I am at Synagogue Street, at the crossing of Canning Street and Brabourne Road, visting an area in the heart of commercial Calcutta that once housed the city’s vibrant Jewish community. I spot the spire of the 1884-built brick-red Maghen David Synagogue and dodge my way towards it through the cacophony of vendors, all out to woo the passerby with hairbands, handkerchieves, calendars, cheap toys, retro-design pottery and stainless-steel racks, fresh lebu-jol and masala sattu. The motley lot has unflappably blocked the gate with their wares, reducing the magnitude of what Elias David Ezra, the first Jewish sheriff of Calcutta, had built in memory of his illustrious father David Joseph Ezra. Ezra Sr was a real estate genius associated with a string of impressive residential buildings, including Ezra, Esplanade and Chowringhee mansions. Seeing that my interest lies in getting inside the place of worship, a hawker hurriedly displaces himself and even unbolts the gate.
Even today, Maghen David is described in visitors’ books as the “most splendid synagogue in all Asia” and the din outside its periphery only heightens the calm I feel on its precincts. The synagogue is truly a picture of grandeur. Replete with an ornate Holy Ark, a beautifully-carved tebah (an elevated platform for reading the Torah), stained-glass windows shaped as the Tablets of Stone, Hebrew plaques and polished furniture, the immaculate interiors even in their silence reflect a sense of bustling times. Of times when stylish Aunt Dorothy Benjamin, our warm-hearted neighbour, would be here every Saturday morning to attend service. Like most of her Jewish friends who lived around Park Street, Aunt Benjamin had a weekly routine. I remember Sunday was reserved for the races, Tuesday for poker, Thursday for the salon and so on. Indeed, it was this upbringing, on the template of discipline so imperative to the old world, which for years brought us an eagerly awaited treat every Shabbat.
Like clockwork, she would send across an appetising dinner tray with customary fare prepared by her Muslim bawarchi, a typical aspect of Jewish households in Calcutta. What made our eyes gleam were the three staples: chicken-okra stew, aloo makala — a scrumptious Middle Eastern-Indian hybrid wholly irreverent to the term called calories — and the dessert, which during winters was almost always a delectable apple kugel. Friday nights were never the same after Aunt Benjamin.
There was a sizeable Jewish population in Calcutta who followed these customs and lived a lifestyle of cultural assimilation. My recollections are about two decades old and a lot has altered in Calcutta’s Jewish landscape since. The Star of David barely hangs in a handful places what with the Cohens, Ezras, Myers and Benjamins having gone separate ways.
“We are opportunists. Wherever ports of commerce call, we sail,” said 80-year-old David Nahoum when I met him at his usual spot behind the antique wooden cash register. He is the third-generation owner of Nahoum & Sons. This 1902 vintage confectioner’s at New Market has had the city’s loyalty despite plush newcomers; Calcutta returning to it time and again for its trademark rich fruit cake, water biscuits, baklava, cheese sambusak... or perhaps simply for nostalgia. David Nahoum has seen the Jewish graph change, and having resisted the temptation to emigrate, is today the torchbearer of the dwindled community. Nahoum is affable and his characteristic personal attention to customers remains intact even as he oversees the running of the shop.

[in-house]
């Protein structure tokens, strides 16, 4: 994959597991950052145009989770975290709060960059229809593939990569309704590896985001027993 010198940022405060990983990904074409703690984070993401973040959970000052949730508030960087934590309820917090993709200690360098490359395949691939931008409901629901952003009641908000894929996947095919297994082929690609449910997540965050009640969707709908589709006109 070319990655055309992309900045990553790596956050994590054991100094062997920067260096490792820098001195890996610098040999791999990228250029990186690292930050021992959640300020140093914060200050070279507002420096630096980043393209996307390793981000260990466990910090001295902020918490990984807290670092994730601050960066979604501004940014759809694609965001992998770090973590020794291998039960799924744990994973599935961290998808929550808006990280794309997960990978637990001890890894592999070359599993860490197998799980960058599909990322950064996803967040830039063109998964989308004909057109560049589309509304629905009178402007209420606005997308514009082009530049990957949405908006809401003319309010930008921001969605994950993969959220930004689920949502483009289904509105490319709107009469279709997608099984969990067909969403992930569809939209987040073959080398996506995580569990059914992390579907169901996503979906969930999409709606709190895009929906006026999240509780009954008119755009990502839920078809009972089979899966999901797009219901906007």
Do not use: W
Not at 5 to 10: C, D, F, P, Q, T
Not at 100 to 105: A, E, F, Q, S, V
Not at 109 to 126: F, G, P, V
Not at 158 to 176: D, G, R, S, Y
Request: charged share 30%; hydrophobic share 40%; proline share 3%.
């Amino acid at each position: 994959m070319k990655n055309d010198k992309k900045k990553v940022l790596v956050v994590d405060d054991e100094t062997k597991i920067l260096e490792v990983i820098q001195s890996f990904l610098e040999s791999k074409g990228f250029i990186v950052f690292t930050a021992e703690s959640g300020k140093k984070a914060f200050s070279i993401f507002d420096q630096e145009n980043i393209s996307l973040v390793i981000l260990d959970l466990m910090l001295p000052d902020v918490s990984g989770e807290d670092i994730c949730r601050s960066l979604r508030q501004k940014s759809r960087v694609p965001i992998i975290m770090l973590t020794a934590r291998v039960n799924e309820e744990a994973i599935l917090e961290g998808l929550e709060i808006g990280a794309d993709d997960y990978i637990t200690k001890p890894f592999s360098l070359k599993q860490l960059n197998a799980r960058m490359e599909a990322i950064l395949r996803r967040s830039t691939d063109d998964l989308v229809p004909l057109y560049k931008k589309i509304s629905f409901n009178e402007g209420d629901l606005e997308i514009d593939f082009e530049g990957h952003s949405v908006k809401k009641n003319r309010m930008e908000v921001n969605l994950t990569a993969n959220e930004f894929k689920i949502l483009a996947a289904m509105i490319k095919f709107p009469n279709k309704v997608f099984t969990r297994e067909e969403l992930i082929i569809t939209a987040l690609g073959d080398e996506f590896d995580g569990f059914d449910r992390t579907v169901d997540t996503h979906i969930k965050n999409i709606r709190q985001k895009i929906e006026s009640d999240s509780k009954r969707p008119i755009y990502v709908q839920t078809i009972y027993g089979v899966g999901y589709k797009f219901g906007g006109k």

Amid that flurry he recounted to me Calcutta’s Jewish history that began when Iraqi Jews or Baghdadis started settling here towards the late 18th century. “We are philanthropic builders, too, and leave a rich legacy wherever we set foot,” he says. As I left, he gave me a handwritten note that allowed me entry into Maghen David, one of the only two shining remainders of Jewish glory — its synagogues — of which he is the guardian.
Barely five minutes from Maghen, traffic hurdles notwithstanding, is Beth El Synagogue on Manook Street, off Pollock Street. The slim street is flanked with shops wholesaleing birthday-party material and I bump into balloons and Donald Duck masks before arriving at the 1855-built edifice. It’s simpler than the other yet striking, the faint-yellow structure complementing the blue-toned stained glass vertical panels at the entrance. The sanctum sanctorum is sun-drenched and gives a frequented feel. It’s the only active synagogue in Calcutta and, if there’s sizeable attendance during Passover week, the matzoh or mussa, the cracker-thin unleavened bread, is still sold.
While these two synagogues speak of a celebrated legacy, in the vicinity stands a crumbling structure — the Neveh Shalome Synagogue, Calcutta’s first-ever that was established in 1826.